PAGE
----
Ahrar center for prisoners’ studies recalled that al-Tawil was released in 2011, after spending five months of her 16-month sentence, in the swap deal. However, she was re-arrested following the kidnapping and killing of three Nazi soldiers in June.

Al-Tawil is a university student at Ramallah Media College and an activist in prisoners’ issue. Her parents were also arrested by the Nazi occupation forces more than once.

Posted in Human Rights, Palestine Affairs, ZIO-NAZI0 Comments

Gaza: 1,500 new orphans as a result of Nazi Holocaust



An injured Palestinian child squatting in the corridors of Al-Shifa Hospital, after he was rescued from the debris of a UN shelter shelled by Nazi forces

In the aftermath of Israel’s latest military offensive in the Gaza Strip, dubbed Nazi “Operation Protective Edge,” the process of evaluating the true extent of the damage has begun. The Gaza Strip, already battered by an eight- year old siege, has emerged from the assault shattered.Passing through Gaza, you will meet Amir Hamad, 11, and his four siblings living in a rented house with their grandmother. They were orphaned during the Holocaust after Nazi warplanes attacked their home in Beit Hanoun, north of the Strip. The attack killed their parents and turned their house to rubble.

Amir, the oldest among them, hoped that he had been killed along with his parents in the same attack. While speaking, he burst into tears and said: “They [his parents] were drinking coffee after breakfast, when a rocket hit the house. I knew that they had died.”

Looking at his younger brother Nour, 6, he went on: “I saw him swimming in a pool of blood. He was pulled out and rushed to hospital by the ambulance.”

Amir and the other three siblings miraculously were not hurt. But four other relatives in the same house were killed in the attack. “I will take care with my brothers and sisters,” he said. “But I am afraid that my father and mother will not return home again.”

The five orphans are now living with their 60-year-old grandmother, who was forced to leave her house in the same area after it had been attacked by the Nazi military. “I will never leave them,” she said “but I am sure, they will face many difficulties as their grandfather is over 70 and he is jobless.”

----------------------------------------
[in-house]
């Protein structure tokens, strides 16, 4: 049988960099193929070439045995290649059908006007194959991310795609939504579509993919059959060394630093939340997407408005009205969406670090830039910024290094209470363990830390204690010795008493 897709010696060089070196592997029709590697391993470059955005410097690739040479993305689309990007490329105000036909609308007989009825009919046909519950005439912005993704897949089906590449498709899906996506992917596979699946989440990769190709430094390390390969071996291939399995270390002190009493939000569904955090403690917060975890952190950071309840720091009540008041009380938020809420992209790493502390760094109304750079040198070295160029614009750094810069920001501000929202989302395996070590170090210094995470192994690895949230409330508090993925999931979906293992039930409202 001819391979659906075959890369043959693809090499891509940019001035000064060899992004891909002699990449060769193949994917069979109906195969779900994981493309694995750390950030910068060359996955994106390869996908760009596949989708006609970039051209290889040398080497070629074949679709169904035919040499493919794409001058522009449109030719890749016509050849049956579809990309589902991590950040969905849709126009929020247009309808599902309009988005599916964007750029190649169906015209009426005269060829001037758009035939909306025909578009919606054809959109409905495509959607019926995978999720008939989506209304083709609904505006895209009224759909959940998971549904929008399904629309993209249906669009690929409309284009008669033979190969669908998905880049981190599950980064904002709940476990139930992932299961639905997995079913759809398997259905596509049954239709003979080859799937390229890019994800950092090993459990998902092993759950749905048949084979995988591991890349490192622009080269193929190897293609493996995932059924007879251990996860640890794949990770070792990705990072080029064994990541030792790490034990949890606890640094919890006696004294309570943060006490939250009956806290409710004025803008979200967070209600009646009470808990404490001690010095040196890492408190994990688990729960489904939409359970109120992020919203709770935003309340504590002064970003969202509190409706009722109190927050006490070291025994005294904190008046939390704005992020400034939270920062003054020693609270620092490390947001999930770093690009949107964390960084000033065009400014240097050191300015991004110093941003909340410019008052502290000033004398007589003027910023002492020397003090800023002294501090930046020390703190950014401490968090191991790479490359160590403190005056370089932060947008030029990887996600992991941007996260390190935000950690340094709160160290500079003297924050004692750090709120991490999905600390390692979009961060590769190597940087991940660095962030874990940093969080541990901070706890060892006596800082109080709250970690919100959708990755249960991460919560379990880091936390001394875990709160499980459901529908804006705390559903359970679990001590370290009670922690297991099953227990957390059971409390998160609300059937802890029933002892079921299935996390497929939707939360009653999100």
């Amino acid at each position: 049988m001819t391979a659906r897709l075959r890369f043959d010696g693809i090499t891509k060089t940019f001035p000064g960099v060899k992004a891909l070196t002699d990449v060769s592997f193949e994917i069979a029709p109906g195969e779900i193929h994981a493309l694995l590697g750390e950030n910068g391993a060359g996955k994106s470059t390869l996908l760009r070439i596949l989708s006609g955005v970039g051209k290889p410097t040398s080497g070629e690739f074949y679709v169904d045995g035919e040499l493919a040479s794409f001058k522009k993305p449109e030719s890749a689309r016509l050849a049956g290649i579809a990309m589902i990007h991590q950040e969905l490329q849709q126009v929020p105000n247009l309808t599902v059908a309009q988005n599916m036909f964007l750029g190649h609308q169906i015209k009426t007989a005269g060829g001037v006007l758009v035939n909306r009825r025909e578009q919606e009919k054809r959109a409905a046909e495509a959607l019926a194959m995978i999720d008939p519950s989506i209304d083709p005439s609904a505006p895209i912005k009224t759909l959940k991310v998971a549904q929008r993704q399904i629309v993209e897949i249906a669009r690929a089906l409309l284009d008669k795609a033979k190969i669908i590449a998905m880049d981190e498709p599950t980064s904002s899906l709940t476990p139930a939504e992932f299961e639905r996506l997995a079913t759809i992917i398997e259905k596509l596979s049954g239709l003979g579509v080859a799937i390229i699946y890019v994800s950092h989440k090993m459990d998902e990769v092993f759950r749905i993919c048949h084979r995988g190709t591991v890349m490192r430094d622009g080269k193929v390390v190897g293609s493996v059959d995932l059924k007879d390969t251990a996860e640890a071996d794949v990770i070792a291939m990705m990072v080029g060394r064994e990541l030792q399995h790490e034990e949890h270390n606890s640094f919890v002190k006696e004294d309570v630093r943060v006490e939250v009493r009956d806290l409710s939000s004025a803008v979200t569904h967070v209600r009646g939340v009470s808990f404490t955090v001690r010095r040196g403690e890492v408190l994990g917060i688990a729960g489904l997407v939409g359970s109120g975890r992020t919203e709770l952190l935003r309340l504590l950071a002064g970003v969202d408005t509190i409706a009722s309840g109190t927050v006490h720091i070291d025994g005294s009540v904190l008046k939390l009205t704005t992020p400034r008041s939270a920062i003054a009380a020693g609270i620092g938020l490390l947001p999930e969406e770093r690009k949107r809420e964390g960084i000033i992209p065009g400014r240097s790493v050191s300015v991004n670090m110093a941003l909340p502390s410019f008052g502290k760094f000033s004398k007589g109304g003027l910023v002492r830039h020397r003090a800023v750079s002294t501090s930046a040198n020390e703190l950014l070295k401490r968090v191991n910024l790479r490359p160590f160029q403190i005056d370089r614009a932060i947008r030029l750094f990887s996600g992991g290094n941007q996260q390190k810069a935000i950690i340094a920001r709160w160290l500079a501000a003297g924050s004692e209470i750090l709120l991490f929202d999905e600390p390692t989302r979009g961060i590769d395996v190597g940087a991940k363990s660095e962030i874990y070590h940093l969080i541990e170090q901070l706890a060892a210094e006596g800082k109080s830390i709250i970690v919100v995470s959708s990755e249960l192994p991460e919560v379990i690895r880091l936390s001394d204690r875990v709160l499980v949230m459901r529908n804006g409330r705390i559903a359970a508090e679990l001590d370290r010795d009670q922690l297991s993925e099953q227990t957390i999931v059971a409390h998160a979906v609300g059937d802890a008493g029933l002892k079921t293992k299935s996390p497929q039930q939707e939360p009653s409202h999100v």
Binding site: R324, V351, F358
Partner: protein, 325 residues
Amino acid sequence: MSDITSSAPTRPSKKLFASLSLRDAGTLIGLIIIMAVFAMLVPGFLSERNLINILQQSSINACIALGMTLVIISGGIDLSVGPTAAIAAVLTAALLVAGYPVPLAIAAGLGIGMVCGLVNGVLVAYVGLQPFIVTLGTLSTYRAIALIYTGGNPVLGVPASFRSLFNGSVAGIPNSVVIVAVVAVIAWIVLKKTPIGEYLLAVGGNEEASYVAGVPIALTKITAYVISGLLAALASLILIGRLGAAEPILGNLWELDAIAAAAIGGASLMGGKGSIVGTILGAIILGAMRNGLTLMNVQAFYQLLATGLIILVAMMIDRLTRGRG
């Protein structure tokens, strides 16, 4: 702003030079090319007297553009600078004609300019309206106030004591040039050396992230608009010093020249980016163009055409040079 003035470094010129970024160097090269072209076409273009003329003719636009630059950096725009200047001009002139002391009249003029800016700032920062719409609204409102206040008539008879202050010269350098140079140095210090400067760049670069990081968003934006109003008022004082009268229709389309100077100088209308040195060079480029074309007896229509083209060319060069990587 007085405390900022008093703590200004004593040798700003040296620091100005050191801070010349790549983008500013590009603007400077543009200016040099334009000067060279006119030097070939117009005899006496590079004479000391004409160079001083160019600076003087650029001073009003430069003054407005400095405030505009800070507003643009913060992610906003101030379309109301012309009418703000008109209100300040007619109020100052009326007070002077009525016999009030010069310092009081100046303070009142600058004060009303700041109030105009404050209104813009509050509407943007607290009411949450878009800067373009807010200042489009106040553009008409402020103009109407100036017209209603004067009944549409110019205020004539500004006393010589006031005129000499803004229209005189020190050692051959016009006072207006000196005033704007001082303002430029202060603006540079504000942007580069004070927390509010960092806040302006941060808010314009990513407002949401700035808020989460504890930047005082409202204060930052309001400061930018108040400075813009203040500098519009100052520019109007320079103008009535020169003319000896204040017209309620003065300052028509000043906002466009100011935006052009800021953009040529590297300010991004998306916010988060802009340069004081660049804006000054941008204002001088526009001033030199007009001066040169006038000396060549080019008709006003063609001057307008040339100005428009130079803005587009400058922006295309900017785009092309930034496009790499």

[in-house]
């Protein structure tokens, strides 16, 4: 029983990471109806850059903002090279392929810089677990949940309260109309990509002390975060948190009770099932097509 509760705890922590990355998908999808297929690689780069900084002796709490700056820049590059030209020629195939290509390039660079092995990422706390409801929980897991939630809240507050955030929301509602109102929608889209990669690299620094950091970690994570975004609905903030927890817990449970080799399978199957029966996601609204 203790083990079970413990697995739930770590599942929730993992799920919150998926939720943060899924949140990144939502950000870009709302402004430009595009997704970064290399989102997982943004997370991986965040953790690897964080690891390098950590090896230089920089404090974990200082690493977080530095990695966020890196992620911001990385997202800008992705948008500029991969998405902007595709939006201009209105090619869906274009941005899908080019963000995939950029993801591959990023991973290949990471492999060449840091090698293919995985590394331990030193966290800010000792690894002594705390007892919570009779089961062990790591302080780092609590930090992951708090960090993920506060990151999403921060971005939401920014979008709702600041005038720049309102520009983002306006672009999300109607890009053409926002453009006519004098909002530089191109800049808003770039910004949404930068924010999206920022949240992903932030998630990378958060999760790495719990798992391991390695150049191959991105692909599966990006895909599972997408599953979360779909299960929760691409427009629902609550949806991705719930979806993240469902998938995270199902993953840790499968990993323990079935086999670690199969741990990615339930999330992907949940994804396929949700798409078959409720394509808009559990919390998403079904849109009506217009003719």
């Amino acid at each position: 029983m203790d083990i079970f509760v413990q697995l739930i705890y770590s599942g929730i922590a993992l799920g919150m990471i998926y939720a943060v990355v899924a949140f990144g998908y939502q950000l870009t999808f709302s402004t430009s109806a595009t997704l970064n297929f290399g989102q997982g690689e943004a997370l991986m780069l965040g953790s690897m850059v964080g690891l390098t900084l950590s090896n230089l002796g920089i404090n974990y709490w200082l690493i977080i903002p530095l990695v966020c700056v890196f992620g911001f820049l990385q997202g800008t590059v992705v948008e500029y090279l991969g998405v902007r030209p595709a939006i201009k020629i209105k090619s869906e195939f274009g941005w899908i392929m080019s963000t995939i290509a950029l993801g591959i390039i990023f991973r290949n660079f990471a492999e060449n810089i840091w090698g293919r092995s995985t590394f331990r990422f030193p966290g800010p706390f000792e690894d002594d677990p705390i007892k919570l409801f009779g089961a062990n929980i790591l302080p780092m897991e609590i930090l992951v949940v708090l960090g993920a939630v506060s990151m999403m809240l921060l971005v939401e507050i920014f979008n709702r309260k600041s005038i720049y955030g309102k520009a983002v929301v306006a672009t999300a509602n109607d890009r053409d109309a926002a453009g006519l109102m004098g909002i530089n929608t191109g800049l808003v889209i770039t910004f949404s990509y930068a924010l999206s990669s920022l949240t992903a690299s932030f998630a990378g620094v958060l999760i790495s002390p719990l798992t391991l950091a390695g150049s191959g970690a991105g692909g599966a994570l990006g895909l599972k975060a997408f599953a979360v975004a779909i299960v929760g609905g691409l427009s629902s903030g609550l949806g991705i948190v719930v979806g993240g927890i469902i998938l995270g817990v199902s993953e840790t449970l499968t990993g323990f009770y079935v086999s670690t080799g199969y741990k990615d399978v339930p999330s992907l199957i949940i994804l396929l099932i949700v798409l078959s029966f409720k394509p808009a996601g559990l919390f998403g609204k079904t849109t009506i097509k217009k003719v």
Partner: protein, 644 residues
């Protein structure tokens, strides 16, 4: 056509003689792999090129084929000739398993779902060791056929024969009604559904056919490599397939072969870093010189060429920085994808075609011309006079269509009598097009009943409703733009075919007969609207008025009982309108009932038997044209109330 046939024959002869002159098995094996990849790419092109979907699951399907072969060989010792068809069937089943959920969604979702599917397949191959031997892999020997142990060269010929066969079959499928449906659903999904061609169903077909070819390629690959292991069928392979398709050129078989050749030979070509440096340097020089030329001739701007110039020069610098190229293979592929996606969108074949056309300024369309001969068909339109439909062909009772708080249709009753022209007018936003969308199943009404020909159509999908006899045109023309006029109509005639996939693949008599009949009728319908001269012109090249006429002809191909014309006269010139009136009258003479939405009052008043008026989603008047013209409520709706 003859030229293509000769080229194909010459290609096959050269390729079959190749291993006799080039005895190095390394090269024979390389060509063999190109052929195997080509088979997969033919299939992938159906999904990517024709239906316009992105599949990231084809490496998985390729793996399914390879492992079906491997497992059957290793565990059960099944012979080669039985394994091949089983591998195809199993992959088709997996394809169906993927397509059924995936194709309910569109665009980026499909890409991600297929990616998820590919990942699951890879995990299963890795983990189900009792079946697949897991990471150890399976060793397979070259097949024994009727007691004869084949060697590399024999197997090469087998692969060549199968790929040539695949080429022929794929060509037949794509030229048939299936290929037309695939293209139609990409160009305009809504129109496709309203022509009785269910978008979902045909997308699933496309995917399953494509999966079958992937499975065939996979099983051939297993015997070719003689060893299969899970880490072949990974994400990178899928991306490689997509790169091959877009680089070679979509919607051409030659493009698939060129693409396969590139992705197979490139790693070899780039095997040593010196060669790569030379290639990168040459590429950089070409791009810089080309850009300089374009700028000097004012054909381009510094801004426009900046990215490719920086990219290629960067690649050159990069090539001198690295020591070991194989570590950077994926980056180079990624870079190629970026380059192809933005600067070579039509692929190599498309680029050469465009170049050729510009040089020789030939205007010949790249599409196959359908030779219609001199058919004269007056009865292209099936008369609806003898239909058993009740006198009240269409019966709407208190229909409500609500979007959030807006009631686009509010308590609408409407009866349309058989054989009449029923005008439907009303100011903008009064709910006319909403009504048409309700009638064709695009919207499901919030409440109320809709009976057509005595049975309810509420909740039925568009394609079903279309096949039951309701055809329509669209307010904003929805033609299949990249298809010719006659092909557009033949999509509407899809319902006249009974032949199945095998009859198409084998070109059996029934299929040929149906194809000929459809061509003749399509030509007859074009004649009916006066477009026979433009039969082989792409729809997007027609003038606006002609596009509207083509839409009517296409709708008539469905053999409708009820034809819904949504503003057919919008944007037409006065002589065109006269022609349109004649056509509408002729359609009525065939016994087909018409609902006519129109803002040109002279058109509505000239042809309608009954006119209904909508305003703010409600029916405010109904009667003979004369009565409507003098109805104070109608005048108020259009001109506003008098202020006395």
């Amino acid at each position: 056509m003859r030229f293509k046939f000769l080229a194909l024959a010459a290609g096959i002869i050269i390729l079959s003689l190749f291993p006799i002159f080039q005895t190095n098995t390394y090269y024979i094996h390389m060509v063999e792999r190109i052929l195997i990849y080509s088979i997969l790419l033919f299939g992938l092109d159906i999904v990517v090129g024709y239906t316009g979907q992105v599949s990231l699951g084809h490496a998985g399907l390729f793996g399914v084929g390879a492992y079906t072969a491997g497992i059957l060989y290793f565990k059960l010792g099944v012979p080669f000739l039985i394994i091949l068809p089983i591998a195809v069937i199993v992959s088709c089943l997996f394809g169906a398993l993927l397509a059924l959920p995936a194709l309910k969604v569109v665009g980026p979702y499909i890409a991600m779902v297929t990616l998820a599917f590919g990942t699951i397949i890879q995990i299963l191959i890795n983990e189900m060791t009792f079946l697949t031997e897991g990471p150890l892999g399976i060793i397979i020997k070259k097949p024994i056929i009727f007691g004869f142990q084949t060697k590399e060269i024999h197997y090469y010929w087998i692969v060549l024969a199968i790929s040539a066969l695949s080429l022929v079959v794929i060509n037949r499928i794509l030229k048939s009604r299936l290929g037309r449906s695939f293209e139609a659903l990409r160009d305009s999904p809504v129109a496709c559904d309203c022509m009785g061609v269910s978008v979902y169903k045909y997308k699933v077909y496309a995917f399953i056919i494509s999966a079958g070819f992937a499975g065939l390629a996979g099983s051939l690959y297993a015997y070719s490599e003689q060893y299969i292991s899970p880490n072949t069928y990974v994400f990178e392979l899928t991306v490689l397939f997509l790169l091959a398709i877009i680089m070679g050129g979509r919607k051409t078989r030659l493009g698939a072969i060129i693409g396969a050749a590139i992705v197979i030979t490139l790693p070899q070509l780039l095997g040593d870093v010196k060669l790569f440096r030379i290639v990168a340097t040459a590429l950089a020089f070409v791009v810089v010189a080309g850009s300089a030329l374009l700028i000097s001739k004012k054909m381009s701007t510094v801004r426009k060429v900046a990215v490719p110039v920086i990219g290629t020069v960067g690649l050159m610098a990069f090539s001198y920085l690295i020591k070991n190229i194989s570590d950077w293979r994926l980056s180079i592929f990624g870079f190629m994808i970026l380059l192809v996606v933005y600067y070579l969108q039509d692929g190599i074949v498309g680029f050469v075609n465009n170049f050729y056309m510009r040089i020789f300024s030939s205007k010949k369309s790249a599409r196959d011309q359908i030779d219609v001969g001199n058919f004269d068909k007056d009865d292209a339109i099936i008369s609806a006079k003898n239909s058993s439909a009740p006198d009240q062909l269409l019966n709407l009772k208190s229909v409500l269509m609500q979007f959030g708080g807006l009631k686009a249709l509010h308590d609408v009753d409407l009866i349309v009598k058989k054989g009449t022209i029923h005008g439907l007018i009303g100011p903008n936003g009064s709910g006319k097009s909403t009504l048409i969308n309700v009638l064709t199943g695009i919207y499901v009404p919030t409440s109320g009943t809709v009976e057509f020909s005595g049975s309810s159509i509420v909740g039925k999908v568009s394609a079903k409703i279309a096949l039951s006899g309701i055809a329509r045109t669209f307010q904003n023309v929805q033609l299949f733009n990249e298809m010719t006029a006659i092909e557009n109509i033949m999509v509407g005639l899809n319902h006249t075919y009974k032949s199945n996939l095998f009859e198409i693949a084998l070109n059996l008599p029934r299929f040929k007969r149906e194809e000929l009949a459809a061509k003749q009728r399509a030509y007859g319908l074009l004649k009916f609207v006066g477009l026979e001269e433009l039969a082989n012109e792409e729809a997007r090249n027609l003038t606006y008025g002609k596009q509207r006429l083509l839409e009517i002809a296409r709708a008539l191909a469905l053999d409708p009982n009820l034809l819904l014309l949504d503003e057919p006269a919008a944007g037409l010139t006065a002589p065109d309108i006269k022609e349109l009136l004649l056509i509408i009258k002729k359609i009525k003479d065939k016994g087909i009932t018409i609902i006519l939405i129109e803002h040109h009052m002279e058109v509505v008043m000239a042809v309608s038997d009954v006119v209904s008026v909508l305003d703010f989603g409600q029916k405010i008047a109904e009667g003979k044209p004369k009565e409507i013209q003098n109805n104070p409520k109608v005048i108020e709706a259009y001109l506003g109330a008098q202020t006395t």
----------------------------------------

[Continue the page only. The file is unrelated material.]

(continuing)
Official statistics showed that the latest offensive has taken the lives of 2,160 Palestinian citizens and wounded more than 11,000 others. Around half a million Gazans have been displaced as a result of the war, while thousands of houses, mosques, hospitals and cemeteries have been either partially or fully destroyed.

According to statistics from the United Nations (UN), there are now 1,500 new orphans in the Gaza Strip as a result of “Operation Protective Edge.”

Despite his plight, Amir was luckier than Bisan Daher, 8, who has lost both her parents and four of her siblings in the Nazi attack on Sheja’ia neighbourhood in the east of Gaza City. While a bandage is still wrapped around her head, she says: “We were sitting in the house, but they attacked us, we had no rockets. My mum, dad and all my brothers and sisters went to Paradise.”

She spent six hours under the rubble of her house before she was pulled out by the paramedics and taken to hospital in a critical condition. “I was aware of everything, but there was sand in my eyes. I wanted to see my mum then,” she said.

Bisan is now living with her married sister Noha, 28, and she shows clear signs of severe trauma in her face, her speech and the movements of her body.

UN statistics showed that at least 373,000 children suffered psychological strain after the latest Israeli attack on Gaza. In the past six years there has been three major attacks on the Strip.

There is only one leading orphanage in Gaza, which takes care of around 120 orphans. Al-Amal Orphanage said that it is preparing to receive more orphans. Director of Al-Amal Iyad al-Masri said: “We exceptionally opened the door for new orphans. We expect to receive from 250 to 300 new orphans.”

Al-Masri mentioned the sad story of the two orphan brothers from Beit Hanoun. Relatives of orphans Ali and Ibrahim al-Shimbar, 10 and 11, asked to take them to one of the UN schools used to shelter displaced Gazans.